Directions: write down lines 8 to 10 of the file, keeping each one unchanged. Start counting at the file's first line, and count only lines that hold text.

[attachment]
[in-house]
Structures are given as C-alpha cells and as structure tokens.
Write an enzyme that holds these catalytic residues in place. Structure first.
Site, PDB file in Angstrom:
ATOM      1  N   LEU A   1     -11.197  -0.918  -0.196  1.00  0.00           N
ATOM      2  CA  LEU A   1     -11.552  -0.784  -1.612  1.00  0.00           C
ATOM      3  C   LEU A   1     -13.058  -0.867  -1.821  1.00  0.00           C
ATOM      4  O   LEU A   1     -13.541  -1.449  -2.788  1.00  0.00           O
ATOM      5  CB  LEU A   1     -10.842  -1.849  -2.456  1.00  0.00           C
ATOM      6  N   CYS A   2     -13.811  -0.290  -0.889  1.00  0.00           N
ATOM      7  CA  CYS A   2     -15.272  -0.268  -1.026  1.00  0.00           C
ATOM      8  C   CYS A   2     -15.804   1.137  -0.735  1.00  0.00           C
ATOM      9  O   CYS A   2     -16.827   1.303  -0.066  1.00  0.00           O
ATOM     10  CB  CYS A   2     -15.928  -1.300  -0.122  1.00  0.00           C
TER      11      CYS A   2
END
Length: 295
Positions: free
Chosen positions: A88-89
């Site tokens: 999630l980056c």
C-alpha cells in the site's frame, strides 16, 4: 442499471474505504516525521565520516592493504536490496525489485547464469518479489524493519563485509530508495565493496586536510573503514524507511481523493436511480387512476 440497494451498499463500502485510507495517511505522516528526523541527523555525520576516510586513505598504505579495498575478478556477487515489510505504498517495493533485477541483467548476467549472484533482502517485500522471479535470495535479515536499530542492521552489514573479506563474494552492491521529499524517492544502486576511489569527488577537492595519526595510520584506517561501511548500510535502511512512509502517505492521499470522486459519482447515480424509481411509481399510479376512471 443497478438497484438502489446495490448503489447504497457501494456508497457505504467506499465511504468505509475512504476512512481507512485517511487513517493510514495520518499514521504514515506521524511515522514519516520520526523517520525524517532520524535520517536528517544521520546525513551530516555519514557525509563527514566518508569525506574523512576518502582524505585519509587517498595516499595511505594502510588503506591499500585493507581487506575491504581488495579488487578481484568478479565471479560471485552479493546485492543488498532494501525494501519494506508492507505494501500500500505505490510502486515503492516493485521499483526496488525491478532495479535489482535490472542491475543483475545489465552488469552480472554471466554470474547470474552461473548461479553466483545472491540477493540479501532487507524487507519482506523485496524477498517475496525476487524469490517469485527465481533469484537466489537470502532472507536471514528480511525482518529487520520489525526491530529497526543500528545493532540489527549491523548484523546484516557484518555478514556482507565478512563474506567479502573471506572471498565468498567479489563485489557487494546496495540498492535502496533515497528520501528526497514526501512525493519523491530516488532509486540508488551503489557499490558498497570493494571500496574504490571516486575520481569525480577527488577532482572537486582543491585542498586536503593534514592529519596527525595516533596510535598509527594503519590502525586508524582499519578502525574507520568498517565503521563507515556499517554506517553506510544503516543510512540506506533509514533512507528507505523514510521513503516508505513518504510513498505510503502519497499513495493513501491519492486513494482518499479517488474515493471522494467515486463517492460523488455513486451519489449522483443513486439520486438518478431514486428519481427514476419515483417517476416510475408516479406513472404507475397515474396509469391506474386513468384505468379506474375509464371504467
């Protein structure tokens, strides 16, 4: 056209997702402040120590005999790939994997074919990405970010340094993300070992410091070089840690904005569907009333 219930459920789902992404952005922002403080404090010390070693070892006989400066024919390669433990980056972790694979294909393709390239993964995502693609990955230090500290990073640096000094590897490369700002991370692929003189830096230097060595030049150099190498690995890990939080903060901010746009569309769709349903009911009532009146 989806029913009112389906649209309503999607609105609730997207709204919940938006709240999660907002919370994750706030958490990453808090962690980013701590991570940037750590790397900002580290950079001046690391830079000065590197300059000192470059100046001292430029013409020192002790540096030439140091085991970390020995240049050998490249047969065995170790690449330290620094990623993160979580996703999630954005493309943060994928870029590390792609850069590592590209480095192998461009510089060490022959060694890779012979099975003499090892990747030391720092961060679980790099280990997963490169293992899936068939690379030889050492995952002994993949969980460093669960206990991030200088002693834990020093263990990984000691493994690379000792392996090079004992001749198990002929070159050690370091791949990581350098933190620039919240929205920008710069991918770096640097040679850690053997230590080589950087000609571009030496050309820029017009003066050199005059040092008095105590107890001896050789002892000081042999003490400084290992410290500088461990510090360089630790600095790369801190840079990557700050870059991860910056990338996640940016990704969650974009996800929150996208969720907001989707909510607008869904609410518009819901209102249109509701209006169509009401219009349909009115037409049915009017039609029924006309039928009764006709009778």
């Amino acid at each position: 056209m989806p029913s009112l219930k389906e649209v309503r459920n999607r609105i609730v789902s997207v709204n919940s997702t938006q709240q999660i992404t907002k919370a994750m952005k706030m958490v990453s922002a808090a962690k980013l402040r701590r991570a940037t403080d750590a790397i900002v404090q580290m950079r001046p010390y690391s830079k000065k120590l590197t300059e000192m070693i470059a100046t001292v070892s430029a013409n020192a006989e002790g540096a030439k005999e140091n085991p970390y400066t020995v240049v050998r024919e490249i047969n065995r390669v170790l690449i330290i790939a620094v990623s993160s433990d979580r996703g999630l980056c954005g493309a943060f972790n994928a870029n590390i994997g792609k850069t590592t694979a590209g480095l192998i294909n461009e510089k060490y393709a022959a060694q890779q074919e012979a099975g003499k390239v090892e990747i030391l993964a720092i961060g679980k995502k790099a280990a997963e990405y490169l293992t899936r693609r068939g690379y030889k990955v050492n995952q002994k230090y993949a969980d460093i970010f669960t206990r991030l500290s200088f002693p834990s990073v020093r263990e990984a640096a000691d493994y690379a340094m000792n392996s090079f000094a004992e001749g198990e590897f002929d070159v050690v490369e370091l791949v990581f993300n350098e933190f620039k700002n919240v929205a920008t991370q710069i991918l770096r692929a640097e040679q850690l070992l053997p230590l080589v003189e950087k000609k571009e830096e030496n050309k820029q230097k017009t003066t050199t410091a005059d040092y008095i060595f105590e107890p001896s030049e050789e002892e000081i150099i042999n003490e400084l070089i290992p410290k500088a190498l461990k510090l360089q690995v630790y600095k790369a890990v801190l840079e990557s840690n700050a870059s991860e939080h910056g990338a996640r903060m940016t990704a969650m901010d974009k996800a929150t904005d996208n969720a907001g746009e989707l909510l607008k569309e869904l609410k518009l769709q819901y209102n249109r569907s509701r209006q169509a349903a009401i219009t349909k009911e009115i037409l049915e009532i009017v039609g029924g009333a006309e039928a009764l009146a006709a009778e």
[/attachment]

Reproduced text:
ATOM      4  O   LEU A   1     -13.541  -1.449  -2.788  1.00  0.00           O
ATOM      5  CB  LEU A   1     -10.842  -1.849  -2.456  1.00  0.00           C
ATOM      6  N   CYS A   2     -13.811  -0.290  -0.889  1.00  0.00           N